The below article was published in Healthcare Business International on the 10 May 2017:
Dentex Healthcare Group, a UK dental partnership network that launched three years ago, is getting a £15m investment from South African-Mauritian firm Universal Partners to expand across the UK. We speak to Dentex CEO Barry Lanesman.
“We started the company in 2014 as a concept and worked with a few selected dentists to develop it into a business model. We made our first acquisition at the end of 2016 and we now have six regional partners currently looking to expand,” says Lanesman.
Dentex says it offers dentists a “unique co-ownership model” and capacity to roll out and support a network of practices. The group offers two kinds of deals to private practices, who can either sell a 49% stake to Dentex and become “regional partners” if they aim to expand, or become part of an existing regional partner’s network.
“Each regional partner will own a network of practices. The sort of dentists we target are not those who want to retire and sell their practice, but those who want to expand and share growth by continuing as shareholders,” adds Lanesman.
Earlier this month, Dentex agreed on a £15m deal with JSE-listed investment holding group Universal Partners. £4m was invested upfront for a 36% stake and Universal Partners has the right to subscribe for an additional £11m worth of loan notes – which would increase its stake to 49%.
Established in 2016, Universal Partners has a primary listing in Mauritius and a secondary one on the JSE’s AltX (the exchange for small and medium-sized companies). It says its principal activity is to invest in growth businesses across Europe with a particular focus on the UK.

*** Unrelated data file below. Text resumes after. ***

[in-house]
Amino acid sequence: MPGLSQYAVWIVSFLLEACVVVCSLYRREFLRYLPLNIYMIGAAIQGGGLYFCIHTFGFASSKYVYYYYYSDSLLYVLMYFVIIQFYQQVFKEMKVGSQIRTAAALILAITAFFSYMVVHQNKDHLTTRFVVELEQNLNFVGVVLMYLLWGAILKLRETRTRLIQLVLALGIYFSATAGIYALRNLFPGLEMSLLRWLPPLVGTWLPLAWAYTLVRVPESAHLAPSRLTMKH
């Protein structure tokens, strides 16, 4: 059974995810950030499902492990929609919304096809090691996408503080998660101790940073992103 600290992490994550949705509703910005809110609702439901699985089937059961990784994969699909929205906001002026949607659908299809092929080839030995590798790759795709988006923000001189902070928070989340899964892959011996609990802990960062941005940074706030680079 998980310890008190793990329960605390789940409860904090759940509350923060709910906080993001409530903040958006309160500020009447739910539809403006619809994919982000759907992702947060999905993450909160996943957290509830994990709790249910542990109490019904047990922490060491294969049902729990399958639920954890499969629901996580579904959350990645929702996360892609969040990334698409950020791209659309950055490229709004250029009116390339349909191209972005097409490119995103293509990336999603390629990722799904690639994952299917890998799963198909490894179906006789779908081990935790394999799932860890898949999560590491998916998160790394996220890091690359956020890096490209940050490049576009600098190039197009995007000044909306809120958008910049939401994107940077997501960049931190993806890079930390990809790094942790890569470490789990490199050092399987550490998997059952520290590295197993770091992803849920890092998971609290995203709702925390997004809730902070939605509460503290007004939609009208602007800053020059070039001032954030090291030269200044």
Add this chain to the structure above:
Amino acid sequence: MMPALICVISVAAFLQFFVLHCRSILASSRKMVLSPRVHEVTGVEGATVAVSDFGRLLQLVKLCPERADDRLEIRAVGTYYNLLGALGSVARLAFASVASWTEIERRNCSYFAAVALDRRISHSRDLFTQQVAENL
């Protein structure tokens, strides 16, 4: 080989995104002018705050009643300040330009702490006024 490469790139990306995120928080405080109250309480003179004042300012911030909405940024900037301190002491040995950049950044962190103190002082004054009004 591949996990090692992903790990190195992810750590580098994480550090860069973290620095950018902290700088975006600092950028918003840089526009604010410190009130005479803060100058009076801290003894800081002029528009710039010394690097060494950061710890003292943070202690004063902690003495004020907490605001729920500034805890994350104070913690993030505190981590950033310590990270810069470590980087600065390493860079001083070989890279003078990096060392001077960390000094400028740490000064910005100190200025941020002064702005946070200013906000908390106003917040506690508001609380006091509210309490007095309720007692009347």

Lanesman, a former dentist, says that the model put forward by Dentex is a first in the UK. He forecasts Dentex to quintuple its number of practices to 30 over the next year for revenues of £30-35m after the first year of operations. He expects Dentex to start being profitable in the next two years.
Prior to becoming CEO of Dentex, Lanesman ran his own banking business before selling it to Investec, which is also a cornerstone investor in Universal Partners.
Our Analysis: We are seeing a rise in models which aim to conscript the physician as entrepreneur. Other examples would include international IVF clinic IVI. In an outpatient setting, where there is low capex, the model makes a lot of sense.
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